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May 03, 2021

Taking fish oil supplements to improve heart health remains controversial

The latest analysis confirms an increased risk of atrial fibrillation

Healthy Eating Heart Health
Fish oil controversy Steve Buissinne/Pixabay

A new analysis links fish oil supplements — which contain omega-3 fatty acids — to atrial fibrillation, a dangerous heart condition.

Many people take fish oil supplements to protect their heart either as a prescription or over-the-counter medication. However, in recent years researchers have questioned not only whether the supplements really do improve heart health, but also if they pose a health risk when taken in high doses.

Fish are a well-known source of omega-3 fatty acids — especially salmon, sardines and mackerel. Consuming fish at least twice a week has been linked to a reduction in heart attacks, strokes and cardiovascular deaths. According to one Harvard study, eating two servings of fatty fish a week lowered the risk of heart disease mortality by a third. 

Yet, when it comes to consuming fish oil supplements, recent studies are showing more potential risk than benefit.

Prescription-strength fish oil pills often are prescribed to reduce a person's triglycerides, a blood fat that at high levels increases a person's risk of heart attack and stroke.

Some data has shown that high doses of a fish oil supplement increase the risk of atrial fibrillation, a common heart rhythm disorder, while providing little heart health benefits. A new analysis appears to confirm that heightened risk.

The analysis, published in the European Heart Journal  Cardiovascular Pharmacotherapy, revisited five clinical trials on atrial fibrillation risk in patients taking fish oil. Overall, heart patients taking fish oil daily doses between 0.84 grams to 4 grams had more than a 33% increased risk to develop atrial fibrillation compared with patients who were given a placebo.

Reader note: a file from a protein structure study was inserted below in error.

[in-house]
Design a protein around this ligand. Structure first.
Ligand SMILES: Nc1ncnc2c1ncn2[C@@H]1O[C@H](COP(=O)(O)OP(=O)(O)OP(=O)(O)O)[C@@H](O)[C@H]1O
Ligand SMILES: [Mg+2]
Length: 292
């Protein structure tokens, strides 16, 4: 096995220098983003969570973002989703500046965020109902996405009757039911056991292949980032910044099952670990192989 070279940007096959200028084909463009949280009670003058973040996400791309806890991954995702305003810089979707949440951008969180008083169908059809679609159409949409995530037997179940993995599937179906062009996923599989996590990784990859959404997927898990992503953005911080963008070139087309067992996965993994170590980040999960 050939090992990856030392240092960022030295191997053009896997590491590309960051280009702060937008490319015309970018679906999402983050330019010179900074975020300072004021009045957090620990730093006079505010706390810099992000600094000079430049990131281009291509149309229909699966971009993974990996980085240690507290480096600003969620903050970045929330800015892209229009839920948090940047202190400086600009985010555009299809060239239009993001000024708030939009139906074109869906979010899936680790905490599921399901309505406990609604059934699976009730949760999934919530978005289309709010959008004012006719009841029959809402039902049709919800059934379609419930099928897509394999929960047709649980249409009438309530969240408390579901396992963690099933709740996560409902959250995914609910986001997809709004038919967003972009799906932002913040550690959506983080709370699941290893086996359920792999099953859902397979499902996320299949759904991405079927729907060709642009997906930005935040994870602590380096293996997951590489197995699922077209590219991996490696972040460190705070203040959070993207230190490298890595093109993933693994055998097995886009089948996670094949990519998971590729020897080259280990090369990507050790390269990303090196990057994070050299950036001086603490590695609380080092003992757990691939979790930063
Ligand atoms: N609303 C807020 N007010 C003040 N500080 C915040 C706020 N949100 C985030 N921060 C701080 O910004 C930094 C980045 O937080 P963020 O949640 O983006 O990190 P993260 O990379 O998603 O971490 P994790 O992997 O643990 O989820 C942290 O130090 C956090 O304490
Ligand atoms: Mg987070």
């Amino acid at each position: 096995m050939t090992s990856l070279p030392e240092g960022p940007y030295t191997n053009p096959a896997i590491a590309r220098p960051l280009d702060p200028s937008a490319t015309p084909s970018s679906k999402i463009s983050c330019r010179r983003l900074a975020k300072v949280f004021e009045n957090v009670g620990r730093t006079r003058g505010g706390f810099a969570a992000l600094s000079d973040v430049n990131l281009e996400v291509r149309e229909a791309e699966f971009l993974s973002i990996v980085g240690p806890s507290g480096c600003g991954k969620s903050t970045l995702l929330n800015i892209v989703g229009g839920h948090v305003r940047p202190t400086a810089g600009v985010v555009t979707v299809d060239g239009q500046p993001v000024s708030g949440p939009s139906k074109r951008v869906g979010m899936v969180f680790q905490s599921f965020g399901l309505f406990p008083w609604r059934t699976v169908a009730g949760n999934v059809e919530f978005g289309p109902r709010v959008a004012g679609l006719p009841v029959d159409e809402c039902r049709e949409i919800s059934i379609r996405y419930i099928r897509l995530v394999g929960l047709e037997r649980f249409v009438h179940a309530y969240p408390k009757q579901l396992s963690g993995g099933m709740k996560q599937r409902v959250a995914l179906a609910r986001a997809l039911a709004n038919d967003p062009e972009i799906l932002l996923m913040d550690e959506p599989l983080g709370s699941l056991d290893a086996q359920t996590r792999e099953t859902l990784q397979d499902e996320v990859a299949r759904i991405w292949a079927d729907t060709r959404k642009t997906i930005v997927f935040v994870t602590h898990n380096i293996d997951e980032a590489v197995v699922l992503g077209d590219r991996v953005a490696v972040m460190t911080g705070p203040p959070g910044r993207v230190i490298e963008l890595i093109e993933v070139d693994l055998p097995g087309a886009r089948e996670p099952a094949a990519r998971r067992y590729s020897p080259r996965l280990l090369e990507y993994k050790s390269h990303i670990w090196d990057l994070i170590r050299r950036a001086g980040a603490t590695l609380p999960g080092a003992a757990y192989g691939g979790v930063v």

Atrial fibrillation, or AFib, is an irregular and often fast heart rate caused by electrical signal problems in the upper chambers of the heart. According to the Mayo Clinic, the condition isn't immediately life-threatening, but it can cause blood clots to develop in the heart. Those clots can travel to other parts of the body, blocking blood flow. AFib also can eventually lead to heart failure.

The increased risk was consistently observed across the trials included in the analysis. However, heart health benefits were not.

Researchers said there were more AFib cases among the patients taking the fish oil than among the patients in the placebo group.

Though the risk was not statistically significant in any of the individual studies, the pooled analysis showed patients taking the supplement were 37% more likely to develop AFib than the placebo patients.

Also of significance is that only one of the trials showed a reduction in the risk of other heart conditions. This trial involved a specific product called Vascepa, which is icosapent ethyl, just one type of omega-3 fatty acid found in fish oil. The risk of cardiovascular events, including heart attack, stroke and death, from cardiovascular causes were cut by 25%.

Even in this study though, the risk of AFib rose by 35% in the group taking Vascepa.

Another study by the Cleveland Clinic was halted last fall because prescription-level doses not only failed to reduce major cardiac events, but they also appeared to increase the risk for atrial fibrillation.

Fish oil supplementation remains controversial because research findings remain inconsistent. There have been a few pro-fish oil supplement studies as well. A 2018 study found a highly purified form of fish oil had cardiovascular benefits compared to a mineral oil placebo. Many cardiovascular health experts questioned the methodology of the study though. The fact that mineral oil, which can affect cholesterol and inflammation markers, was the comparison may have led to an exaggerated benefit of the fish oil supplement.

Other studies have questioned whether fish oil supplements provide any cardiovascular benefit. 

A 2108 study published in JAMA Cardiology looked at 10 fish oil supplement trials encompassing 77,917 older adults at high risk for cardiovascular disease and found no significant protection against "major vascular events." The participants were taking between 226 milligrams to 1,800 milligrams per day of omega-3 fatty acids.

A 2013 and 2018 study published in the New England Journal of Medicine also showed that the supplementation didn't reduce cardiovascular events or deaths. That study did note that people who don't eat fish may see some reduction in risk when taking the supplement.

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